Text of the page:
Double whammy for these Mumbai nurses
Outstation health workers, who are expectant mothers, struggle to find their way home.
Expectant mothers, who resigned as nurses from city hospitals hoping to return to their hometowns in Kerala for delivery, are now anxiously waiting for the e-pass. They have arranged ambulances for travel and are willing to pay thousands, but haven't heard from the state police yet.
Among the expectant nurses is Reshma Anish, 30, who is about eight months pregnant and resigned from MGM Hospital, Vashi, in March, for her travel to her hometown Pathanamthitta.
Reshma told mid-day, "I had already planned everything in advance. I had booked my tickets for March 27 and resigned in the third week of March. After the lockdown was announced last month, I cancelled my ticket and booked another for April 15. Now the lockdown has been extended till May 3 and I'm not sure if it will end then." Reshma stays in Vashi with her former colleague.
Reshma, her husband Anish and daughter Theertha
She applied for an e-pass last week and still awaits the Maharashtra Director General of Police's (DGP) approval to travel.
"I visited Vashi police station last week where the cops told me apply online for an e-pass, but I haven't received it yet. When I made enquiries, I was informed that entering Kerala was not a problem, but other states won't allow Maharashtra vehicle to pass, especially Karnataka," she said.
She said this would mean changing ambulances at every state border, but it is not feasible, "as we now have learnt that the driver will have to be sent on a mandatory 14-day quarantine". Reshma said if the lockdown is lifted on May 3, she would take a flight.
Anish, spoke with mid-day from Port Harcourt, Nigeria, and said it was unfortunate that they are all stuck at different places when she needs her family the most. "She has been sending emails to both Kerala and Maharashtra officials, requesting for help. We hope that someone helps her reach Kerala," he added.
Anish said he doesn't know when he will be able to return home. "Nigeria, too, is under lockdown. Some 750 cases of COVID-19 have been reported, but the situation on ground is grim."
Glitch on website
Another nurse from Bombay Hospital has been trying to be with her family in Kottayam. Athiradevi Rohit, 25, who is also eight months pregnant currently stays at the hospital hostel.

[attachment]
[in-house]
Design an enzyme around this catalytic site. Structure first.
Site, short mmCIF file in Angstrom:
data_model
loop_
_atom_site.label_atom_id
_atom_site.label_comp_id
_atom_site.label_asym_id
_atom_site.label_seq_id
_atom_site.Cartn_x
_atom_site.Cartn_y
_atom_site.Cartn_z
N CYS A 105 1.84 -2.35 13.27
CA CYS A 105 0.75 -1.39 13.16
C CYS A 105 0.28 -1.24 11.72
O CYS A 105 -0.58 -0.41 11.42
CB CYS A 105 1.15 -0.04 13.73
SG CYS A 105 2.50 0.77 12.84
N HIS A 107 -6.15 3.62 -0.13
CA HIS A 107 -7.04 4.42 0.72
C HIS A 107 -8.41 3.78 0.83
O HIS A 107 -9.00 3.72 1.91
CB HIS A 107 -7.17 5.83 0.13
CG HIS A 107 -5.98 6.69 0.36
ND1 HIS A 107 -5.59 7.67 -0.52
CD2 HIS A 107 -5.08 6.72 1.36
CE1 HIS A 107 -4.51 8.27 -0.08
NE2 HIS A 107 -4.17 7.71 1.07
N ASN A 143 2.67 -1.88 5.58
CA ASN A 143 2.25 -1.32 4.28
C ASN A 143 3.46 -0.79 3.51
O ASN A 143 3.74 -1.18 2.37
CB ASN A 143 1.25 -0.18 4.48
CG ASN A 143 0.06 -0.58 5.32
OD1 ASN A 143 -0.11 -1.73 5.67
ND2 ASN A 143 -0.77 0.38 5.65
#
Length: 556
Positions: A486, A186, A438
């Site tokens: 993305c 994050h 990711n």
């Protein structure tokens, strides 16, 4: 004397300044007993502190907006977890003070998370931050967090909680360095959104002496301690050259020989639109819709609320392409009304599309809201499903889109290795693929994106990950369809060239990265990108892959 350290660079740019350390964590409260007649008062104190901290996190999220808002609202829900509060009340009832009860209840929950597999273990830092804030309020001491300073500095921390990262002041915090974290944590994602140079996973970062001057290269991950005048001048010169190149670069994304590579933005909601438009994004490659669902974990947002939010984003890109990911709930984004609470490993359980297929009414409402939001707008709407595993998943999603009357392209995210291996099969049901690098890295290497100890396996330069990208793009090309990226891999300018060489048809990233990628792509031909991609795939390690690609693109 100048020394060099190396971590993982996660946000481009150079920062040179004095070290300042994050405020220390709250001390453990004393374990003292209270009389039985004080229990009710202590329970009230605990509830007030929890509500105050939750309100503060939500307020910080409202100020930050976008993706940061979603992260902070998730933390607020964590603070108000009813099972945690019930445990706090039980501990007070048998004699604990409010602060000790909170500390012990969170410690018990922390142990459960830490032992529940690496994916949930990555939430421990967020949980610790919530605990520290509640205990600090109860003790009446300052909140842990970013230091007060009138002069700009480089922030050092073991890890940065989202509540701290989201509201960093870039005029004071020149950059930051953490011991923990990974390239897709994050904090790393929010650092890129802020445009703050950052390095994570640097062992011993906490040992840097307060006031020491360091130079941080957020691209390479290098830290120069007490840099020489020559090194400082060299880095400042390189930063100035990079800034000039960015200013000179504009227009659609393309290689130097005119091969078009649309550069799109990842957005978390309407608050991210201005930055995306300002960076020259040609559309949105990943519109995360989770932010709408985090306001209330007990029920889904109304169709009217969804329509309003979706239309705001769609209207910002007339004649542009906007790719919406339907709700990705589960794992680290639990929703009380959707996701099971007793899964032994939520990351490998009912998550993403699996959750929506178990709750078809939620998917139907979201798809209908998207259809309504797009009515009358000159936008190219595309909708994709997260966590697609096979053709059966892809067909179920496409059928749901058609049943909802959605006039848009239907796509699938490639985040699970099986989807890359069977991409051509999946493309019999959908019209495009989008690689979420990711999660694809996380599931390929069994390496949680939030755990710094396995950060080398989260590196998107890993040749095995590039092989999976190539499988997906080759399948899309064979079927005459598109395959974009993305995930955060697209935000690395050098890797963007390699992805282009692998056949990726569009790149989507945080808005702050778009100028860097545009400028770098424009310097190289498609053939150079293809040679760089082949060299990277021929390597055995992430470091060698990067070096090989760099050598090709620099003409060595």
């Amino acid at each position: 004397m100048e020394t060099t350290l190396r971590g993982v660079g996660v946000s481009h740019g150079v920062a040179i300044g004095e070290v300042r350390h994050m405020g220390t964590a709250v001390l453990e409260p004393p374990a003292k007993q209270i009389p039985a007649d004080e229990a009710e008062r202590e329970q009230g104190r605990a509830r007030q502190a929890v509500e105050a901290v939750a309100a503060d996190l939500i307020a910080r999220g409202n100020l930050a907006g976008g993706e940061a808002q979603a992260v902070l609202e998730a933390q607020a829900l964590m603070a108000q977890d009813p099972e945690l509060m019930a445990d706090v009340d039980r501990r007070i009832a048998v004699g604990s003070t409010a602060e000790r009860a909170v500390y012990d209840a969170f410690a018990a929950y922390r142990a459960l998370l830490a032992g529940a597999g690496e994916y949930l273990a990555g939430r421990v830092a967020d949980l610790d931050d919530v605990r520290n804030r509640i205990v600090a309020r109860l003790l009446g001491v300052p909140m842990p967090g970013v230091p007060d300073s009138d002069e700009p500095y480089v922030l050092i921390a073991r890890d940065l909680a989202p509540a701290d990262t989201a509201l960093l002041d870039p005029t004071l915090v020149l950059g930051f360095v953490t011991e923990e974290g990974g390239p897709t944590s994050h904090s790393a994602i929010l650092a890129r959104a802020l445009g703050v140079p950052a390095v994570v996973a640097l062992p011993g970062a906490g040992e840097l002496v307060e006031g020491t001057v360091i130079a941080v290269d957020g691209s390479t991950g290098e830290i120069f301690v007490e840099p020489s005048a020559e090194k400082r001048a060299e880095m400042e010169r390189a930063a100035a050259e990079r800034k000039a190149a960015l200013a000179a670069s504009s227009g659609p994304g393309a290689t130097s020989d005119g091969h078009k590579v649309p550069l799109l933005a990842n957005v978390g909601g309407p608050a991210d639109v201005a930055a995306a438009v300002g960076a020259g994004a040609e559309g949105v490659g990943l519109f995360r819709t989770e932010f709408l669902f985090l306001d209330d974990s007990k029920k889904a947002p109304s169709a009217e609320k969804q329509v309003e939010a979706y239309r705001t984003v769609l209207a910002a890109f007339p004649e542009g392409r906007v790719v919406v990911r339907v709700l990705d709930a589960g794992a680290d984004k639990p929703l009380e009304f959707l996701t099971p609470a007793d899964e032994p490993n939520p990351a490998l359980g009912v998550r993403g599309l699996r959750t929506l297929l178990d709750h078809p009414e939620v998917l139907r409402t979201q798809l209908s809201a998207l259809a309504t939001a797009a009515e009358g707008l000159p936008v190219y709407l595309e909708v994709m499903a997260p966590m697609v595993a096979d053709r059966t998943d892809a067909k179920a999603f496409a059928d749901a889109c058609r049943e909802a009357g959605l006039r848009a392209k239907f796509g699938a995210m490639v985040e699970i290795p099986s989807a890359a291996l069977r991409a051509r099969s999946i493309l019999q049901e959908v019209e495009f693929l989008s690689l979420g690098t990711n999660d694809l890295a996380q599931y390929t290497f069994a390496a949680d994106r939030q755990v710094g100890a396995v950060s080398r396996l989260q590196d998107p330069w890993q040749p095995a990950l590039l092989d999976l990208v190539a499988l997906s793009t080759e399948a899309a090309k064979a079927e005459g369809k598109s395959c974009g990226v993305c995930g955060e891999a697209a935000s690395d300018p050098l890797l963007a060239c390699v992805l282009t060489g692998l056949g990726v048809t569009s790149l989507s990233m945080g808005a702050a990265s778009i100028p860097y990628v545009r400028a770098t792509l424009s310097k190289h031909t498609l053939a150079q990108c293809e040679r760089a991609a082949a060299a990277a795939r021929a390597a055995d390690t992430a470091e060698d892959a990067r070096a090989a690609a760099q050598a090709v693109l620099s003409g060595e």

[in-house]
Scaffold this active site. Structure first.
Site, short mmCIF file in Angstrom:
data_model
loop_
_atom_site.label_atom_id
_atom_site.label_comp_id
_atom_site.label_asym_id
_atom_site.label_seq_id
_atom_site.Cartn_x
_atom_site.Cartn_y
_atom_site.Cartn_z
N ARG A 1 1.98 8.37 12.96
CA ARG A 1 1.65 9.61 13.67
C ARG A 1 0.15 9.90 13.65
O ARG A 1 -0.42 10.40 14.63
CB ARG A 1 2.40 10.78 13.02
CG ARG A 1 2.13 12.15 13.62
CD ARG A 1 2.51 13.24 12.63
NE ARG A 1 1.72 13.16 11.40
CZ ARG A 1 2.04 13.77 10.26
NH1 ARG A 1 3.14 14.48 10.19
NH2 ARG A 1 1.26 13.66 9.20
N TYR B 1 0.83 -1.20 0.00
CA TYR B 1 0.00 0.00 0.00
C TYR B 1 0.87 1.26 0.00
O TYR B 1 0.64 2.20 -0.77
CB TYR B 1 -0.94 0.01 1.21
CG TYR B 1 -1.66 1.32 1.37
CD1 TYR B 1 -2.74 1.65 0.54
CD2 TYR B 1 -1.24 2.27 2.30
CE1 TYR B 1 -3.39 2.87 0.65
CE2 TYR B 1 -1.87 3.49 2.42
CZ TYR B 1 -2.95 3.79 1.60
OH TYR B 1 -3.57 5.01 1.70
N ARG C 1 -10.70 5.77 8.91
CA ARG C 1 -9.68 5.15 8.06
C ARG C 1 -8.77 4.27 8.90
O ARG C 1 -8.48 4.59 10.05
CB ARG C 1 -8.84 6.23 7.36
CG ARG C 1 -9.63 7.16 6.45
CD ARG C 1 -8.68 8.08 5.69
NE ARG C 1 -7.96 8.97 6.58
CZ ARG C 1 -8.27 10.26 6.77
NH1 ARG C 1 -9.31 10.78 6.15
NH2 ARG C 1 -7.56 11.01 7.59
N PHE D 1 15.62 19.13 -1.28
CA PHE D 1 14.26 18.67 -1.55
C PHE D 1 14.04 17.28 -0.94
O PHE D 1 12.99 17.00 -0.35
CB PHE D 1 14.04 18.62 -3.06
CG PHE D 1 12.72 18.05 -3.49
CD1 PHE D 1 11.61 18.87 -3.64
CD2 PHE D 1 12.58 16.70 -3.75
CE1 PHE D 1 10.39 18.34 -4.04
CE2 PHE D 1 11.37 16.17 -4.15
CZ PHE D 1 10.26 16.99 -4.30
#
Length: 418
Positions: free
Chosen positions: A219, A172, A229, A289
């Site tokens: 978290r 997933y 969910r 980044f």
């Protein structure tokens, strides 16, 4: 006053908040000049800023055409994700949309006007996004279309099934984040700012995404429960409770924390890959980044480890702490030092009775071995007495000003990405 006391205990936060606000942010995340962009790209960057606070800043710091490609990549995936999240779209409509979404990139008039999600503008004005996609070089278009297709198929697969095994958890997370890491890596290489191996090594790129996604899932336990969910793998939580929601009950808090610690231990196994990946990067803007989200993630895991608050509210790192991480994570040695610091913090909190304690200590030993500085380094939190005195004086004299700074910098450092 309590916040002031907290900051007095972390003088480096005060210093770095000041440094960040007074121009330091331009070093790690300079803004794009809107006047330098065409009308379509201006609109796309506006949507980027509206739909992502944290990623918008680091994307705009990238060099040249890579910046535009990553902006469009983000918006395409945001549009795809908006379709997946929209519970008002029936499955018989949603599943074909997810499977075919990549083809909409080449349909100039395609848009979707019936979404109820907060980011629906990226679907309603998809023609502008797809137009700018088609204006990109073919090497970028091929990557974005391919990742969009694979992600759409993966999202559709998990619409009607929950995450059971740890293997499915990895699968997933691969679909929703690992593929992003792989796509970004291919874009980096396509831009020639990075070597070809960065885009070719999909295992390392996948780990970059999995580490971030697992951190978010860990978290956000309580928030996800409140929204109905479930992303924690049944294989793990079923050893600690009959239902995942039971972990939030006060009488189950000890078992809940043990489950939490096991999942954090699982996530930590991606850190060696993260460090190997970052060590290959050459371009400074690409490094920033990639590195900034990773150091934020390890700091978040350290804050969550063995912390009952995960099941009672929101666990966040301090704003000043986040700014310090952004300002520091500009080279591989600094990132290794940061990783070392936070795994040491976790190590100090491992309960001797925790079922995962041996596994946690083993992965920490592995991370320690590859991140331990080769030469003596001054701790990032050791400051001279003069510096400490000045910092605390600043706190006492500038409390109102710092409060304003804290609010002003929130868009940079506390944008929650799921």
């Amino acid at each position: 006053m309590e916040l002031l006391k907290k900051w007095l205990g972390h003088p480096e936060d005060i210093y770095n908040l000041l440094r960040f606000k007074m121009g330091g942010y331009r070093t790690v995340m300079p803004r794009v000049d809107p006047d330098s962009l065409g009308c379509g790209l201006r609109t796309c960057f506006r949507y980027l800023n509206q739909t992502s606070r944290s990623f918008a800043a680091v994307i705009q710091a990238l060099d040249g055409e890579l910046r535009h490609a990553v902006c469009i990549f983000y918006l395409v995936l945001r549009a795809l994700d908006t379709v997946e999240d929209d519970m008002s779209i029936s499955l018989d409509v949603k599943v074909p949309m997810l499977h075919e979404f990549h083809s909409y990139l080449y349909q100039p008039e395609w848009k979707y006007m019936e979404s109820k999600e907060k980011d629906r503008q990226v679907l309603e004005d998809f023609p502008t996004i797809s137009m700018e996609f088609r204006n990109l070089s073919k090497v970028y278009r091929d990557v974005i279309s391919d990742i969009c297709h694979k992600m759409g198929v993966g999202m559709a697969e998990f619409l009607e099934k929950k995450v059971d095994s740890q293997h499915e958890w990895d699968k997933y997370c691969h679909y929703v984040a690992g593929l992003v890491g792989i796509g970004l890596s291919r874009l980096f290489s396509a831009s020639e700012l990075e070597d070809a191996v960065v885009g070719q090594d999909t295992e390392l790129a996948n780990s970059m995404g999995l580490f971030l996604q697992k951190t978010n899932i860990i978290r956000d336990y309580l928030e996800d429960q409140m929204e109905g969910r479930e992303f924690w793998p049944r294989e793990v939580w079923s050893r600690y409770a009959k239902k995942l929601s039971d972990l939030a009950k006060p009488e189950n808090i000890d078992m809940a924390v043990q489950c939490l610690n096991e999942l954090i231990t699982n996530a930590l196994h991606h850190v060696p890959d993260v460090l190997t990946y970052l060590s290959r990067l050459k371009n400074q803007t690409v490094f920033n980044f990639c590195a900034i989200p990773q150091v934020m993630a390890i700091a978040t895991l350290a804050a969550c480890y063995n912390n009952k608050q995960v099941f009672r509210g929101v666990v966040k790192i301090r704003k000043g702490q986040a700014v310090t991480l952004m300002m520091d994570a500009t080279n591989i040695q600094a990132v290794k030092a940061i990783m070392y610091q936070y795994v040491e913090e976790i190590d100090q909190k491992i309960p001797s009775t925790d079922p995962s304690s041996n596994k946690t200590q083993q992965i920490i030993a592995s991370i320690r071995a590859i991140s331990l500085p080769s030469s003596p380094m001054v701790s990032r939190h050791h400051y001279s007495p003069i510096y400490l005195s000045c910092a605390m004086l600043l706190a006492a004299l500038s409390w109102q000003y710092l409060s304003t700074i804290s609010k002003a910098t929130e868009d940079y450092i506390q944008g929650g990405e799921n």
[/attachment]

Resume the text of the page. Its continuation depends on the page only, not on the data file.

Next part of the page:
"I had visited Aazad Maidan police station for e-pass and I was given a link for the same. I tried uploading all the details, but I faced some technical glitch. I was supposed to go to parents' home in Kottayam for my delivery, as my husband Rohit works in Saudi Arabia and is stuck there due to the lockdown," she said.
Athiradevi said she, along with her two friends, had arranged for an ambulance to go to Kerala. "We arranged for an ambulance in Panvel and agreed to '45,000-'50,000 for the trip. But we are yet to get approval of the Maharashtra police." "I am worried because in case of an emergency, I won't have my family beside me," she added.
Another nurse from Bombay Hospital, Sunita Shaji, is four months pregnant, but she has been advised complete bed rest till the seventh month due to complications. "I miscarried in the fifth month of my first pregnancy. I do not want to take any chance and will prefer to stay here in the hospital. My husband is in the UAE and my parents live in Pathanamthitta, Kerala."
Sneha Rajnish, who resigned from Hinduja Hospital in Mahim, was in luck on Wednesday. The 25-year-old is eight months pregnant and the DGP has approved her online application to travel to Thiruvananthapuram. "I am very excited. I can leave for Kerala next Monday along with my cousin who also works at Hinduja. We have hired an ambulance. My husband Rajnish is currently in UAE and this is our first child," she told mid-day.
When asked about permissions from other states, Sneha said she doesn't know about the other states, but there should not be any problem at the Kerala border.
Advice from senior gynaecologist
In the advance stage of pregnancy, it is advisable to avoid travel, said Dr Y S Nandanwar, professor of gynaecology and obstetrician, D Y Patil Medical College. "All mode of communications should be kept open so that the pregnant nurses who are away from their families could get the much-needed emotional support." "The nurses are educated about seeking required counselling. Moreover, they need to take care of their diet. It is advisable to be where they are instead of taking any risk by travel," she added.
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